Mr Londoner went round the houses in search of the Bloomsbury Group
Today you’re more likely to see a white-coated medic or research scientist crossing a Bloomsbury street than a bohemian artist or writer. The London School of Tropical Medicine, Great Ormond Street and University College Hospitals and the Zayed Centre for Research are all here. It’s appropriate perhaps that forward-thinking scientists – so much in the current spotlight – have taken over where the Bloomsbury Group left off. The Bloomsbury Group (sometimes called the Bloomsbury Set) was the name given to the circle of artists, writers, political and economic theorists and other high-profile thinkers who called the neighbourhood home.
The legacy of Vanessa Bell and her sister Virginia Woolf; Duncan Grant; John Maynard Keynes; EM Forster and others is still very much in evidence. Today Bloomsbury is a highly desirable part of London – with property prices to match. In the first half of the 20th century, despite its fine housing stock, the neighbourhood was considered bohemian and rather racy. The Bloomsbury Group moved here, mainly, because rents were cheaper.
It was said (possibly by New York writer and satirist Dorothy Parker) that the Bloomsbury Group “Lived in squares, painted in circles and loved in triangles”. And keeping up with who lived where – and with whom – takes some concentration. Perhaps the epicentre of the Bloomsbury Group was Gordon Square, which to this day is dominated by the same fine, but discreet, properties that Virginia Woolf and friends would recognise. Eminent Victorians author Lytton Strachey, one of the Group’s founders, lived at 51. He’d previously rented Number 41.
A young Virginia Woolf (née Stephen) lived at Number 46, with her sister Vanessa Bell, between 1904 and 1907. Although the plaque on the wall commemorates John Maynard Keynes, who leased it later on. Woolf was one of the most influential female novelists of the 20th century. Her work includes Orlando; A Room of One’s Own and To the Lighthouse. This ground-breaking writer introduced the world to the concept of stream of consciousness as a new way of telling a story. After a stint in Fitzrovia, the neighbouring district just to the west of Bloomsbury, Woolf moved to 38 Brunswick Square. She lived here between 1911 and 1912, before heading west to leafy Richmond, where she founded the Hogarth Press. Between 1924 and 1940, the Woolfs returned to Bloomsbury, taking out a ten-year lease at 52 Tavistock Square. They ran the Hogarth Press from the basement, where Virginia also had her writing room. There is a bust of her in the square.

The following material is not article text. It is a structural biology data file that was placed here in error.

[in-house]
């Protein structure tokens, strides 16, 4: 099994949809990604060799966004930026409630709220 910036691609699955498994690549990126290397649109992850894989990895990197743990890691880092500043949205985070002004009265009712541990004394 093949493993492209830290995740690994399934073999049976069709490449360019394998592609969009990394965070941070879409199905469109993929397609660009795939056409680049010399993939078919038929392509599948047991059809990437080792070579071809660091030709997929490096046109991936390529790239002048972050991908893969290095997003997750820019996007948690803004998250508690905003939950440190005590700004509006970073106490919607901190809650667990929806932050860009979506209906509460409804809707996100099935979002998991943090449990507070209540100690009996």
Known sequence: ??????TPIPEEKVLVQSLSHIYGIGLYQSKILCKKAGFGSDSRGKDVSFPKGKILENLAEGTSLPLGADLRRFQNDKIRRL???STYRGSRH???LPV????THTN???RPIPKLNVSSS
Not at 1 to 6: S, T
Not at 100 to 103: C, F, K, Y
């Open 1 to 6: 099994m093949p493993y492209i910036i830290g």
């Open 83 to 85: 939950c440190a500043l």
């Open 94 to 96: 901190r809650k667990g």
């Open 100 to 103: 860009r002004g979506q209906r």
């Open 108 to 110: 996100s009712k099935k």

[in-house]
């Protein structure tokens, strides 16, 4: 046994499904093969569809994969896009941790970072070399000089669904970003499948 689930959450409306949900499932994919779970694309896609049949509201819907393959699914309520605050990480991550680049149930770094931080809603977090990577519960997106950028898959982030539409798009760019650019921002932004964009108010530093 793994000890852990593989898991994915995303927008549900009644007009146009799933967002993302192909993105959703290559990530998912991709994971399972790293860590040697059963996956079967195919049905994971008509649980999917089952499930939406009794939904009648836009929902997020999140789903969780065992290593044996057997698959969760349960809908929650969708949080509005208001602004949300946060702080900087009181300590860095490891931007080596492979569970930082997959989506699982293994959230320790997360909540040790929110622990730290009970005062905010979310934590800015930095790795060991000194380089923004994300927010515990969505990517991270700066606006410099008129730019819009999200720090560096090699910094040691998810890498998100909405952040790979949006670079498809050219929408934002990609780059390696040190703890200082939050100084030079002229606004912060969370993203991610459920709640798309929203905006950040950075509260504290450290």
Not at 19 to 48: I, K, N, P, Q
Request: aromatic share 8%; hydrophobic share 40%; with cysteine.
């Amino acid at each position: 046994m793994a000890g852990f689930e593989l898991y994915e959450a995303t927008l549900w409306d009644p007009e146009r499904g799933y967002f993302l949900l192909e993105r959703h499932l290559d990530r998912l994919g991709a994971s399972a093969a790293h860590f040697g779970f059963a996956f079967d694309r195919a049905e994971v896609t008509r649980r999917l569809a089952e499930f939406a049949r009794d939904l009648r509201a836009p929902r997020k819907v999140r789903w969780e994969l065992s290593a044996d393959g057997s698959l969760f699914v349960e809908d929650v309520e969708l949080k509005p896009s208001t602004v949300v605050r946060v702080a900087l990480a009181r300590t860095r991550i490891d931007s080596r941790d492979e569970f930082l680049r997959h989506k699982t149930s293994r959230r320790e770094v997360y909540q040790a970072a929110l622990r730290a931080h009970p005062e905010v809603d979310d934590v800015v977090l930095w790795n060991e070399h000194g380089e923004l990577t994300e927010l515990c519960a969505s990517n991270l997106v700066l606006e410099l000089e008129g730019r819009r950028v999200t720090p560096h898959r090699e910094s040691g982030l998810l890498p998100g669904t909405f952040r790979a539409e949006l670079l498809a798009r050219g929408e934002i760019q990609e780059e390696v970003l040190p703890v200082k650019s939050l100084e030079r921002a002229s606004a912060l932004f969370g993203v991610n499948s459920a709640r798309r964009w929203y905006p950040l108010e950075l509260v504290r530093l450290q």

Feminists and free-thinkers
Virgina Woolf inspired generations of feminists and free-thinkers. She had liberal views on sexuality and maintained an open marriage. Woolf went on to have an affair, of sorts, with Vita Sackville West who, at the time, was considered the greater writer. Mental ill-health plagued Woolf all her life, possibly the result of the sexual abuse she endured as a very young woman. She took her own life in 1941, following the blitzing of her home and disappointing reviews of her biography of her late friend, the painter and critic, Roger Fry.
An old and elegant brown plaque marks out Number 50 Gordon Square as the home of the Bloomsbury Group. Many of its members visited this 1820s house – the work of the famous master builder Thomas Cubitt. It had plenty of space to entertain because this talented and unconventional group of friends loved a get-together. They met at a huge party here to celebrate the Armistice in November 1918. Clive Bell actually lived here and Vanessa Bell and Duncan Grant decorated his rooms. In 1926 a farewell party was held for the Bell’s son, Julian before he went off the fight – and die – in the Spanish Civil War.
Although not an artist in the strict sense of the word, the mathematician, economist and liberal John Maynard Keynes was very much part of the Bloomsbury Group. He lived with other members of the group at 38 Brunswick Square between 1911 and 1912. He gave the world Keynesian economics, revolutionised global thinking about macroeconomics and the business cycle, becoming one of the most influential economists of all time. Keynes was also an avid art collector (he loved a Picasso). He was a spectacularly successful investor and active charity donor. He spent his final years between his Bloomsbury home at 46 Gordon Square (the former residence of Virginia Woolf and Vanessa Bell) and his country outpost in Sussex.
Peter Pan creator JM Barrie lived at 8 Grenville Street. Stage directions indicate that Peter Pan flew into this now long-gone house to visit Wendy. Barrie bequeathed all royalties from his work to the Great Ormond Street Hospital – London’s specialist medical centre for children. This relationship continues to this day.
EM Forster’s work is full of powerful symbolism. He saw himself as an outsider and famously attacked hypocrisy, imperialism and the British class system. He wrote Where Angels Fear to Tread, Room with a View, Howard’s End and Passage to India. The latter was made into an epic film in 1984 by director David Lean. Forster also penned Maurice – one of the first great novels about homosexuality. It was published after his death in 1970. His seventh and final novel, Artic Summer, was never finished. He lived at 27 and later 26 Brunswick Square, during which time he became a BBC broadcaster and an advocate of the Humanist Society.
Featured image: Virgina Woolf. London Borough of Camden.
About the Author
Mr Londoner is writer and broadcaster Antony Robbins.